Then, finally, I gave birth to my beautiful daughter Ella. And began the following six weeks of healing.
I was feeling so excited about feeling healthy. Everything in life was going well. I started writing my novel again, my articles were getting picked up and READ by actual people, my little wreath making business was growing, our goats had babies, everyone was happy and healthy....
Then, the same day as my 6 week appointment with my midwife and my last almost 2 hour drive for said appointment, (halleluiah) I cut my finger and earned myself 10 weeks of weekly physical therapy appointments each with their own long drive.
And I'm learning all the things I can't do on my own anymore. I am literally mourning a loss of freedom.
I simply cannot have this injury, I thought.
On the way home from meeting my surgeon, winding through canyons, I kept telling my husband how beautiful the mountains were, how the fall colors were so stunning. His reply was that it looked dry. I mentioned it a few more times, confused as to why he wasn't as enthralled as I.
Finally he said "Maybe it's my sunglasses." which caused me to pull mine away from my eyes. Everything WAS dry. It wasn't pretty at all. I hadn't realized I was wearing rose colored glasses.
Realizing this was a bit depressing.
But, looking at the rose colored glasses in my hand, I decided to put them back on. Everything was pretty again.
And as I sat there enjoying the colors passing by my window, I realized that beauty truly is in the eye of the beholder. I can't change the trees but I can view them through rose colored glasses.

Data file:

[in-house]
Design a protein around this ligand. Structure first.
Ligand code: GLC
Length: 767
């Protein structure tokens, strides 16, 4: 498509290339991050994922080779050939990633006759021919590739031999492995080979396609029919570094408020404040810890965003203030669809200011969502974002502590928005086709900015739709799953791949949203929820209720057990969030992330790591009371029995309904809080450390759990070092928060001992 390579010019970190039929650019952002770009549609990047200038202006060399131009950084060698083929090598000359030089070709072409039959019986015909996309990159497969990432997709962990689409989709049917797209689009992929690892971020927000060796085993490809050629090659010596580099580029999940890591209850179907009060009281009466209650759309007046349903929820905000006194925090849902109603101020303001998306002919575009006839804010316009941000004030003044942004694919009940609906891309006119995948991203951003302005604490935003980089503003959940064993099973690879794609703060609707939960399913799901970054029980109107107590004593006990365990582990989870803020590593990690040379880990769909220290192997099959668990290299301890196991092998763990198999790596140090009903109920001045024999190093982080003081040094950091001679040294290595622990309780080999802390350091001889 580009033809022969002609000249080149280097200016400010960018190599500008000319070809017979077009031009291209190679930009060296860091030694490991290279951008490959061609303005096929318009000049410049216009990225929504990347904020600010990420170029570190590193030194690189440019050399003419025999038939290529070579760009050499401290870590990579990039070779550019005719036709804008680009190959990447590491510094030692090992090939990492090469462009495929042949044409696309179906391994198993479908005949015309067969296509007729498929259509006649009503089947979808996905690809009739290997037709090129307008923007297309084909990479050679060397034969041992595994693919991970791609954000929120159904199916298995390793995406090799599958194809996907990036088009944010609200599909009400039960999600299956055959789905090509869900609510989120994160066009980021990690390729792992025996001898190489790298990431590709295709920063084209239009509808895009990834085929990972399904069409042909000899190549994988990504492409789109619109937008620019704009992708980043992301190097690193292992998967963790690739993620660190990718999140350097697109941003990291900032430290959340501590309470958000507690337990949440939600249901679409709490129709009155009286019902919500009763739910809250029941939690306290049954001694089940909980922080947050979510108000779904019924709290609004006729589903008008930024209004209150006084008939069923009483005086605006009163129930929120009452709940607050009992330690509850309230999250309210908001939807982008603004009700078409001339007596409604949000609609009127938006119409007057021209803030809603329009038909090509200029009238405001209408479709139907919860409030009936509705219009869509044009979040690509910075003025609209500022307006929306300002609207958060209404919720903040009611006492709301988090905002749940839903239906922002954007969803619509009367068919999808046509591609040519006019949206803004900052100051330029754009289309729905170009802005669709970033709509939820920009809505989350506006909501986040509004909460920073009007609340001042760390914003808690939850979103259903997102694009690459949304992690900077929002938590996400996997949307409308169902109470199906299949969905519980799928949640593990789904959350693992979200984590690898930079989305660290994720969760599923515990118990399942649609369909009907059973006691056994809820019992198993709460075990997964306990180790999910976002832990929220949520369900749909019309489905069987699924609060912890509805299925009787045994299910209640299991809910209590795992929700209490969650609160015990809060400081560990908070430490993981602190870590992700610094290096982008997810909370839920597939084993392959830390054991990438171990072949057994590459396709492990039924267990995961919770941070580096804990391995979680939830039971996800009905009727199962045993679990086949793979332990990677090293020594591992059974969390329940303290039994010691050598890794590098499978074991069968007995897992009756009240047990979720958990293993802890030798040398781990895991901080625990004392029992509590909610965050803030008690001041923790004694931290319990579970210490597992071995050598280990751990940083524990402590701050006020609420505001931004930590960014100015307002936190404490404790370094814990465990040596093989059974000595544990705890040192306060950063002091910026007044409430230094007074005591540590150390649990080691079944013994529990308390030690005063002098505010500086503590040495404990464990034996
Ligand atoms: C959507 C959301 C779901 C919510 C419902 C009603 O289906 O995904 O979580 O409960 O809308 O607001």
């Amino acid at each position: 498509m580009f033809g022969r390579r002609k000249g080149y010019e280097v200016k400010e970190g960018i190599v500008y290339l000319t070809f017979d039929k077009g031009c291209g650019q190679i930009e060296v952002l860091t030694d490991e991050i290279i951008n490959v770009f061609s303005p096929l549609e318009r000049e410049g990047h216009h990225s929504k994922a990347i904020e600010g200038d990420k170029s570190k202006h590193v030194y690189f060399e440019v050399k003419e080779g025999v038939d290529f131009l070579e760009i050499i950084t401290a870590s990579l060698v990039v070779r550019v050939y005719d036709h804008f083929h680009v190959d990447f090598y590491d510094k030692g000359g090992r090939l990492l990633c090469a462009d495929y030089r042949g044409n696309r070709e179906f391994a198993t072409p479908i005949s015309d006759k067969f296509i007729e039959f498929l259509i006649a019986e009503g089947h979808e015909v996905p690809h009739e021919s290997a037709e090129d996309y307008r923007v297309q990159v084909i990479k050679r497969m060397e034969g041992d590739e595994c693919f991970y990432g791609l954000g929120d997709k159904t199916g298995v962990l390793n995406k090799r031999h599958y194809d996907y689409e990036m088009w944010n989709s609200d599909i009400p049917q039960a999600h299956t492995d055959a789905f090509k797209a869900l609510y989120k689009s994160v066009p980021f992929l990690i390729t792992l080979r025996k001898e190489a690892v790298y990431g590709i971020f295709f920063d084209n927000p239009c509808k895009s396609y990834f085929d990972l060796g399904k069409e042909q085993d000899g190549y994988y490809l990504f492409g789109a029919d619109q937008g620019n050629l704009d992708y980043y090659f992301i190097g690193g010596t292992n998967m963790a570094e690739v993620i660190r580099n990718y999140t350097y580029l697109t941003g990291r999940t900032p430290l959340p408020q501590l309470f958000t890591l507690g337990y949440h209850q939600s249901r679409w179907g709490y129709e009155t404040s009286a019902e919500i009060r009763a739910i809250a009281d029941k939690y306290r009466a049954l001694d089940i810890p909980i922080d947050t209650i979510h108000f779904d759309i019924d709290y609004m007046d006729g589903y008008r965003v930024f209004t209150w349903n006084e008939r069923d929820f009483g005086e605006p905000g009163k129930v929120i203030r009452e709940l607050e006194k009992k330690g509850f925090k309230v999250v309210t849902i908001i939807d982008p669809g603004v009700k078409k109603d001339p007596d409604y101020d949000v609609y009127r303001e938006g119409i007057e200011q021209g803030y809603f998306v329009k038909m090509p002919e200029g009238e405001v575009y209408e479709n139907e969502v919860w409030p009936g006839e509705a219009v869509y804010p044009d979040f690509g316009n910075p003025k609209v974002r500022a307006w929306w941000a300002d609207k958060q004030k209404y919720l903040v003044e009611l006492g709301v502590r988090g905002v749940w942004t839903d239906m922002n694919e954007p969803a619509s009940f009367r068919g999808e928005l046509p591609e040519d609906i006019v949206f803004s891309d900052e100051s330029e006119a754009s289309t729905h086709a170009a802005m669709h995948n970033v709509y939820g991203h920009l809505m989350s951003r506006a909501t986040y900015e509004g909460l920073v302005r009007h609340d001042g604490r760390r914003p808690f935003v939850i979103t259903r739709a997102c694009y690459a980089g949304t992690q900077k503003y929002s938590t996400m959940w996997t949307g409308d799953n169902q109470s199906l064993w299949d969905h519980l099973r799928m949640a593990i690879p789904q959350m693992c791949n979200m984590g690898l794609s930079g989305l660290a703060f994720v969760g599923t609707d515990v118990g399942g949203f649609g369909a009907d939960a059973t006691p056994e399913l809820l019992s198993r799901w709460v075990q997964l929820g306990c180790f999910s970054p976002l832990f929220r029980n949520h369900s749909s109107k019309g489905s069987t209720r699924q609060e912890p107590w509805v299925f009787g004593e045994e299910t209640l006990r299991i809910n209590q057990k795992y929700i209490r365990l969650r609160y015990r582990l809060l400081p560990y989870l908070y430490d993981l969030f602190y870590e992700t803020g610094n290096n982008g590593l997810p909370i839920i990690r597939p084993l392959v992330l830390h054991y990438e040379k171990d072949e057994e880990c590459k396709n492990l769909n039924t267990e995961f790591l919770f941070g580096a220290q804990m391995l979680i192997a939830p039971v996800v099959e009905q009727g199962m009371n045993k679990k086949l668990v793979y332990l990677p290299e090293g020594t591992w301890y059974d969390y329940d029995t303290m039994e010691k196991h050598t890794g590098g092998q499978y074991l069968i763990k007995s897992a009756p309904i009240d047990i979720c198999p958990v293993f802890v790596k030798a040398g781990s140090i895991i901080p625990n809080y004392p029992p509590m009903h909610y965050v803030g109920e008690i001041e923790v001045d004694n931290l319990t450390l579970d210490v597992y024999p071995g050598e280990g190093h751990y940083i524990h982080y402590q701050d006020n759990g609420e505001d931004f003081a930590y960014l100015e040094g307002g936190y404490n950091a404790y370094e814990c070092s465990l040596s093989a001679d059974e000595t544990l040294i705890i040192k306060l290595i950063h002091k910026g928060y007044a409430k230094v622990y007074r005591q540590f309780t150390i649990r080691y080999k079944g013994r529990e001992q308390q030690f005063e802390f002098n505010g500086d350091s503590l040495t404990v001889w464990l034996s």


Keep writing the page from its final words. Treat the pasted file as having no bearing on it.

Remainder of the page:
I can't change the fact that I injured myself. But I can be grateful it isn't too serious.
I can't change the fact that I am one handed for a while, but I can learn new ways to do things and grow in resilience.
I can't change the fact that things are harder but I can learn to ask for and accept help.
I can choose to wear rose colored glasses.
Now I see the blessings all around me. My children aren't hurt, nor my husband whose hands we rely on for our income.
This cut was an accident. Not self inflicted, as it could have been in darker times.
I'm more grateful for my body and all the functions we generally take for granted.
I have more empathy for those with disabilities and I'm grateful for their examples. I can't tell you how many times I thought "If they could do that, then I can do this..."
I have lots of opportunities to be proud of myself. For example: I learned how to dress my newborn baby (diaper, snaps, and all) one handed. Along with a million other things.
I am learning to let go. (Apparently I haven't learned this one well enough yet.) It's okay if daddy has a turn with bath time for a while, and it's okay if I get less done. My worth isn't found in my productivity.